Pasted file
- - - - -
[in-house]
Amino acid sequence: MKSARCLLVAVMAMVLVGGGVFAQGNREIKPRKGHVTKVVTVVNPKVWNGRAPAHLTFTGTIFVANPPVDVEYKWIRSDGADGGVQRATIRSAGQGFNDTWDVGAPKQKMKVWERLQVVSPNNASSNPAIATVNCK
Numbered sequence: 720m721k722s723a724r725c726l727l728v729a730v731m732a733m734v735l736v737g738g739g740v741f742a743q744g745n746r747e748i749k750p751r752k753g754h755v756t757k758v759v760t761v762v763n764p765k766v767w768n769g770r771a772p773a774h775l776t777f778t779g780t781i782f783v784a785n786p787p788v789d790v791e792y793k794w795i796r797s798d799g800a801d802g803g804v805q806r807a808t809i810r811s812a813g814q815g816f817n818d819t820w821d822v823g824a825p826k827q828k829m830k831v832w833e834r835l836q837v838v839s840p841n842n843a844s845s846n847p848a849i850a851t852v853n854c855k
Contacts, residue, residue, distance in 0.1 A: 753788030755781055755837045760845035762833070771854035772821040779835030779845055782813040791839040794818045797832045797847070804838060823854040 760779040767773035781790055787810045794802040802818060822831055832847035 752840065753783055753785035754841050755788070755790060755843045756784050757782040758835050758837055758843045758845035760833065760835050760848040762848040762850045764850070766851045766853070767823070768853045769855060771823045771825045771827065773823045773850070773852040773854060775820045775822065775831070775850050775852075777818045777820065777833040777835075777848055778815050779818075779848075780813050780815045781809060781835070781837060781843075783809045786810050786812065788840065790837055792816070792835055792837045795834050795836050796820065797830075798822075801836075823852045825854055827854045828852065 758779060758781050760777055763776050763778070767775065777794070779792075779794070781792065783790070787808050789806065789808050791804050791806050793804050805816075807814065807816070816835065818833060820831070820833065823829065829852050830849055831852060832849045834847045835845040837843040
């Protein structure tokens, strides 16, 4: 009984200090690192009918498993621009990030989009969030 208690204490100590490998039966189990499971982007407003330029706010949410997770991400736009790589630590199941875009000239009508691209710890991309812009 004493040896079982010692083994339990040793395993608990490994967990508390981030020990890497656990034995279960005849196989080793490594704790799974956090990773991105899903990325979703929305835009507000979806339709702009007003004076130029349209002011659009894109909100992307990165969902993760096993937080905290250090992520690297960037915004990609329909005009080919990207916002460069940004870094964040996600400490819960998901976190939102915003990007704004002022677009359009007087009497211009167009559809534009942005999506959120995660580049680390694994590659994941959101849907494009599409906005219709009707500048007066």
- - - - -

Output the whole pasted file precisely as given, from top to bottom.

[in-house]
Amino acid sequence: MKSARCLLVAVMAMVLVGGGVFAQGNREIKPRKGHVTKVVTVVNPKVWNGRAPAHLTFTGTIFVANPPVDVEYKWIRSDGADGGVQRATIRSAGQGFNDTWDVGAPKQKMKVWERLQVVSPNNASSNPAIATVNCK
Numbered sequence: 720m721k722s723a724r725c726l727l728v729a730v731m732a733m734v735l736v737g738g739g740v741f742a743q744g745n746r747e748i749k750p751r752k753g754h755v756t757k758v759v760t761v762v763n764p765k766v767w768n769g770r771a772p773a774h775l776t777f778t779g780t781i782f783v784a785n786p787p788v789d790v791e792y793k794w795i796r797s798d799g800a801d802g803g804v805q806r807a808t809i810r811s812a813g814q815g816f817n818d819t820w821d822v823g824a825p826k827q828k829m830k831v832w833e834r835l836q837v838v839s840p841n842n843a844s845s846n847p848a849i850a851t852v853n854c855k
Contacts, residue, residue, distance in 0.1 A: 753788030755781055755837045760845035762833070771854035772821040779835030779845055782813040791839040794818045797832045797847070804838060823854040 760779040767773035781790055787810045794802040802818060822831055832847035 752840065753783055753785035754841050755788070755790060755843045756784050757782040758835050758837055758843045758845035760833065760835050760848040762848040762850045764850070766851045766853070767823070768853045769855060771823045771825045771827065773823045773850070773852040773854060775820045775822065775831070775850050775852075777818045777820065777833040777835075777848055778815050779818075779848075780813050780815045781809060781835070781837060781843075783809045786810050786812065788840065790837055792816070792835055792837045795834050795836050796820065797830075798822075801836075823852045825854055827854045828852065 758779060758781050760777055763776050763778070767775065777794070779792075779794070781792065783790070787808050789806065789808050791804050791806050793804050805816075807814065807816070816835065818833060820831070820833065823829065829852050830849055831852060832849045834847045835845040837843040
């Protein structure tokens, strides 16, 4: 009984200090690192009918498993621009990030989009969030 208690204490100590490998039966189990499971982007407003330029706010949410997770991400736009790589630590199941875009000239009508691209710890991309812009 004493040896079982010692083994339990040793395993608990490994967990508390981030020990890497656990034995279960005849196989080793490594704790799974956090990773991105899903990325979703929305835009507000979806339709702009007003004076130029349209002011659009894109909100992307990165969902993760096993937080905290250090992520690297960037915004990609329909005009080919990207916002460069940004870094964040996600400490819960998901976190939102915003990007704004002022677009359009007087009497211009167009559809534009942005999506959120995660580049680390694994590659994941959101849907494009599409906005219709009707500048007066």